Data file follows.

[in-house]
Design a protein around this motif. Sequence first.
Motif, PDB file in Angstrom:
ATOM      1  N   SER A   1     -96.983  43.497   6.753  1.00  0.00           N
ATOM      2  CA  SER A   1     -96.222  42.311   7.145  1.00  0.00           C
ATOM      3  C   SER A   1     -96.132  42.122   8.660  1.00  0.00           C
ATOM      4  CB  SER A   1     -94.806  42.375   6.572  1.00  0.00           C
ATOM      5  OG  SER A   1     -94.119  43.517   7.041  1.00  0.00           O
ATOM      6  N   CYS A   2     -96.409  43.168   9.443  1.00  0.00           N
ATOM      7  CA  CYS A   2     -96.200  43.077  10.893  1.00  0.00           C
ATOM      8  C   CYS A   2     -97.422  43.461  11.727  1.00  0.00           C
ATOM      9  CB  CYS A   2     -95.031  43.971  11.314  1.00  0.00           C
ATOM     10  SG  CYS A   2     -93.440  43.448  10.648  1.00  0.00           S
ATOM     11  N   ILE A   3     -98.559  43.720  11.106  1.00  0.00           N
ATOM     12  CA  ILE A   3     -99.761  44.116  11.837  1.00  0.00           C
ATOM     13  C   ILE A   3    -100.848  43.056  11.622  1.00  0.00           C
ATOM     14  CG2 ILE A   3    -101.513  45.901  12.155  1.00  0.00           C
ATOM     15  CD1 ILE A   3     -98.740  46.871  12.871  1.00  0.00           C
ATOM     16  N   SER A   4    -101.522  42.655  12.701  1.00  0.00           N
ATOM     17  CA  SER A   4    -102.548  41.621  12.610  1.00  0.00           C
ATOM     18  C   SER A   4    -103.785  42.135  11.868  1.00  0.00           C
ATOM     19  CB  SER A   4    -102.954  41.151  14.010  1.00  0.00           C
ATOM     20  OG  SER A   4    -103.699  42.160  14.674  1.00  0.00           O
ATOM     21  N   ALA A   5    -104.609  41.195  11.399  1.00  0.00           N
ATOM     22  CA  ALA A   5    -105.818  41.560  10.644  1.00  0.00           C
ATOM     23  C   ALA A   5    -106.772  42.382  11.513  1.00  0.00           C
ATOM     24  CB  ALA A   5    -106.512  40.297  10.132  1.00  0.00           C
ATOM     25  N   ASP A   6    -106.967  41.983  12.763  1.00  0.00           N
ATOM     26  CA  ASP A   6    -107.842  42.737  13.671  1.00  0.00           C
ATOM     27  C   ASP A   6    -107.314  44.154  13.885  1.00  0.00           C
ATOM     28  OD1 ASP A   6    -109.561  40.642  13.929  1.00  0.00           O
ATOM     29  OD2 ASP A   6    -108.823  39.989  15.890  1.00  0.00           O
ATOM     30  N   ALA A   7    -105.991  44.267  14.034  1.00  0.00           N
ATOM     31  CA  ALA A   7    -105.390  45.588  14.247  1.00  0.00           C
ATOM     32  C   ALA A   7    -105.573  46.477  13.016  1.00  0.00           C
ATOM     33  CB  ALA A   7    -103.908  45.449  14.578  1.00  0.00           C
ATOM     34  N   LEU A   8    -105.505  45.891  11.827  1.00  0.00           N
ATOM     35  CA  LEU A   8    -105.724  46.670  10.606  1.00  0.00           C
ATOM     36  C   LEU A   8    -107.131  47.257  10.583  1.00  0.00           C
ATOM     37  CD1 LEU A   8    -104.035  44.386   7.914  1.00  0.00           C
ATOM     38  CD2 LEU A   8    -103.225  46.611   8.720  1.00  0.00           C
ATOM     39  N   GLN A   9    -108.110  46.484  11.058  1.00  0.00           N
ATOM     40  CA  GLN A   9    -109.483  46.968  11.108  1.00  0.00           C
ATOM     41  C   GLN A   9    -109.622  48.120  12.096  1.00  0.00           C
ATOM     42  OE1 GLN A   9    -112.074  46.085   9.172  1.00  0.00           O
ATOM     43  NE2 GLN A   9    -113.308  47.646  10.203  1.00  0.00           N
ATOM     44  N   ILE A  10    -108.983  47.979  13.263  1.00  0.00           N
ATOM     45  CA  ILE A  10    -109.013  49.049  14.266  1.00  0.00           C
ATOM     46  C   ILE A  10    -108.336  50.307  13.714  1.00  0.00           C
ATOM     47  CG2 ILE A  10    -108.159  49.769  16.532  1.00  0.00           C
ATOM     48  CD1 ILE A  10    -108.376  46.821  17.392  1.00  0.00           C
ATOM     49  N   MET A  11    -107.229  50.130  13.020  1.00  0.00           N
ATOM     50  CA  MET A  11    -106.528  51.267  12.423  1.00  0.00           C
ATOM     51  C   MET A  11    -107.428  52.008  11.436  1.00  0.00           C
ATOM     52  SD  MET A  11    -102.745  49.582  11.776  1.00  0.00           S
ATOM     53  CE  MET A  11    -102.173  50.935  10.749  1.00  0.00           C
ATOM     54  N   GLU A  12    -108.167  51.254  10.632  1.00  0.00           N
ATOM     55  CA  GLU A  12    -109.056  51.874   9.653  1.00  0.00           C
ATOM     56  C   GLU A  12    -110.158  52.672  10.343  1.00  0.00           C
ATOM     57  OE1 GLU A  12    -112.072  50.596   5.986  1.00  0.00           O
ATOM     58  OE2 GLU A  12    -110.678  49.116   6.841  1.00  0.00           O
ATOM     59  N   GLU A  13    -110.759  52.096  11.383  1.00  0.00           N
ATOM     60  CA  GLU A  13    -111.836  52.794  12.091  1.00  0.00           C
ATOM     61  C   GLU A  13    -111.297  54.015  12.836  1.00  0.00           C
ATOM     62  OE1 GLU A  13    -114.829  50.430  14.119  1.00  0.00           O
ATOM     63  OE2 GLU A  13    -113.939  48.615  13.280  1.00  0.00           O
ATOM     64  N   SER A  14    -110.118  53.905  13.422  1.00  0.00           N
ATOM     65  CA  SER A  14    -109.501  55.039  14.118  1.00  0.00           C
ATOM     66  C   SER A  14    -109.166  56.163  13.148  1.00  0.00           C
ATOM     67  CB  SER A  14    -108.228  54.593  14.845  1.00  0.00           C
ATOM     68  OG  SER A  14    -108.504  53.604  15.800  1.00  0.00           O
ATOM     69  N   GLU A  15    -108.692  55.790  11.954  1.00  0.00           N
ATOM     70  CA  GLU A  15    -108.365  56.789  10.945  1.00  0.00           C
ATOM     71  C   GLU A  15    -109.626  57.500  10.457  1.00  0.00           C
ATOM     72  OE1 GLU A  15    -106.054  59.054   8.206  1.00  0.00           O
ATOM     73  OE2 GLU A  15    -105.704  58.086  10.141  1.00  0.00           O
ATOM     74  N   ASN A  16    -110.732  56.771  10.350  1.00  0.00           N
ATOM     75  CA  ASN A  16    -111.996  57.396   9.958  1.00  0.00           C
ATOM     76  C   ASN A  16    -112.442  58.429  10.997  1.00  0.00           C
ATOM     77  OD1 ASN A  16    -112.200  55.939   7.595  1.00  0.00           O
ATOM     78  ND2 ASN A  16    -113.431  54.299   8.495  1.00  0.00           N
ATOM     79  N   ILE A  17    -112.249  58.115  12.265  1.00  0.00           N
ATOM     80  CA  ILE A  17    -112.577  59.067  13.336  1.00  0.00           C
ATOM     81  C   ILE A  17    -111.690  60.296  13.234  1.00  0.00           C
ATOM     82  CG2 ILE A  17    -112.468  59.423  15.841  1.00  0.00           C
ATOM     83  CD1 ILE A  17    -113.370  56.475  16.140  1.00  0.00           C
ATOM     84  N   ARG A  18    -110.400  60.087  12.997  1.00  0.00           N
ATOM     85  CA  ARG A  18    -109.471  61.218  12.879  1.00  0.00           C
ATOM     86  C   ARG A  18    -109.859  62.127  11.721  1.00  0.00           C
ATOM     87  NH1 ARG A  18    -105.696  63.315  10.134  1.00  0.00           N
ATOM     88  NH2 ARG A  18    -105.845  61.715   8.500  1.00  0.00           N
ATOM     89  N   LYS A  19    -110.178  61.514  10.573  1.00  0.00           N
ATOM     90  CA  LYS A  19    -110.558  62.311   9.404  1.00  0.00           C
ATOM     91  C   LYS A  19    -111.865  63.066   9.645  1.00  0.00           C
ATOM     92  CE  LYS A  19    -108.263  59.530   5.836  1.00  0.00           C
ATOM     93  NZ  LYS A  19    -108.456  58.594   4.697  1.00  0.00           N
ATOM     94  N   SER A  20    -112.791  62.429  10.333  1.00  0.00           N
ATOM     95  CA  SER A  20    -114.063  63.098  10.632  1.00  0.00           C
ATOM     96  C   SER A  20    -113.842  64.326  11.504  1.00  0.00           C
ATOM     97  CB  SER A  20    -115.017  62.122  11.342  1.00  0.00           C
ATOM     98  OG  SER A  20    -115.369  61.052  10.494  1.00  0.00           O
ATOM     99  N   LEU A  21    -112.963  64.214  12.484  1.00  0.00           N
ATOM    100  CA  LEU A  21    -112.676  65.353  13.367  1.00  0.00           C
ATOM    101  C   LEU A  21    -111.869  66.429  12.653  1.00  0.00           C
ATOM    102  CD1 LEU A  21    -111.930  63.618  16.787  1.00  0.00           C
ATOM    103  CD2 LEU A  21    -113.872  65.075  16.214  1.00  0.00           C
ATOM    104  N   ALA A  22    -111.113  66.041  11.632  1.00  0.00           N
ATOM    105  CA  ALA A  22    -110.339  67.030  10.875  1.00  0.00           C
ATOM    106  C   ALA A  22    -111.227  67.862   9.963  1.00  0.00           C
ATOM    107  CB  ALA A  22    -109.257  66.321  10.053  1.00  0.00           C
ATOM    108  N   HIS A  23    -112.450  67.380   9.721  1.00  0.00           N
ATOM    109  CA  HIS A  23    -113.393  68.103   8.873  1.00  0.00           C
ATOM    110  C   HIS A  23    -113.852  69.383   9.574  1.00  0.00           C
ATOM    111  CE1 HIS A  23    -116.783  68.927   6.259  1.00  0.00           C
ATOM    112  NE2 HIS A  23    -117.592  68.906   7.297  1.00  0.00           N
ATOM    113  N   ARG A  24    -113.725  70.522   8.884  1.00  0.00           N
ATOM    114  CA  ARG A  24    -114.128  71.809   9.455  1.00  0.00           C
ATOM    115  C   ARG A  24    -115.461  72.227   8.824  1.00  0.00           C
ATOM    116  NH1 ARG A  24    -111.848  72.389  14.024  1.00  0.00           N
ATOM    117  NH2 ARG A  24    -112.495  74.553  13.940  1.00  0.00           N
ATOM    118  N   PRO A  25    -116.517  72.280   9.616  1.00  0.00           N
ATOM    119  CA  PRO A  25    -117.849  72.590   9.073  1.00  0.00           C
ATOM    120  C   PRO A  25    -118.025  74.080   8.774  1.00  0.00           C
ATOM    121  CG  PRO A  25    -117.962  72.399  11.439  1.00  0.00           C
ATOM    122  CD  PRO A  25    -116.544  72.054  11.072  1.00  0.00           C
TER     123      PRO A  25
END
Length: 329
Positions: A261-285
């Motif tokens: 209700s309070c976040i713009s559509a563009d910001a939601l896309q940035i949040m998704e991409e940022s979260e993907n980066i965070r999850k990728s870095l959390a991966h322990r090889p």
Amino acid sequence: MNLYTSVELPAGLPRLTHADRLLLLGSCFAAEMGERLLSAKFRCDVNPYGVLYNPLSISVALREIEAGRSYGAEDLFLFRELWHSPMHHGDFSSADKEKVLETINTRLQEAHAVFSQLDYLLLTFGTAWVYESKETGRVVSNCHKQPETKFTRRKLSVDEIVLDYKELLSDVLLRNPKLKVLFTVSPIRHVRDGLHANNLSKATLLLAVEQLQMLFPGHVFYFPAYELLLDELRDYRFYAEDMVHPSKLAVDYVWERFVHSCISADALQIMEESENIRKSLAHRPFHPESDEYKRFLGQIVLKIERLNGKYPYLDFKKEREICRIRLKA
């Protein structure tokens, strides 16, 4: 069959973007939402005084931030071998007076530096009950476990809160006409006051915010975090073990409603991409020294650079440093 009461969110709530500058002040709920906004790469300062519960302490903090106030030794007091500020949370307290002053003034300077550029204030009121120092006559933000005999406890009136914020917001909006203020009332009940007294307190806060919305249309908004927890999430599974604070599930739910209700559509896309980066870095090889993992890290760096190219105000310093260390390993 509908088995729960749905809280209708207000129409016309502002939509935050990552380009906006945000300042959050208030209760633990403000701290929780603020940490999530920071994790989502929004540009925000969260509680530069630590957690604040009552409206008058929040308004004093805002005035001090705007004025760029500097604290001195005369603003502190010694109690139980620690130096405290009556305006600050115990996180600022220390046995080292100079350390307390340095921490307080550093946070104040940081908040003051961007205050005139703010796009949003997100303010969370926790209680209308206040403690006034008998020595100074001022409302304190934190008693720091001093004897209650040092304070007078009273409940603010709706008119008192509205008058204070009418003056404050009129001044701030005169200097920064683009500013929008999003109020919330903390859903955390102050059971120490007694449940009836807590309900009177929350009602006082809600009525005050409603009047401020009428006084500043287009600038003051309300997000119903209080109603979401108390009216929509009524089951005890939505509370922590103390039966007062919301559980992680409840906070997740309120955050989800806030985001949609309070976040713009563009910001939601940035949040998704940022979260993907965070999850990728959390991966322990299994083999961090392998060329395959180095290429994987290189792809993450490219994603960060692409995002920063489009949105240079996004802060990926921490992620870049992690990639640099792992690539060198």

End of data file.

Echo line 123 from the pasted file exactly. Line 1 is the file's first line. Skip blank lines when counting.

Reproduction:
ATOM    120  C   PRO A  25    -118.025  74.080   8.774  1.00  0.00           C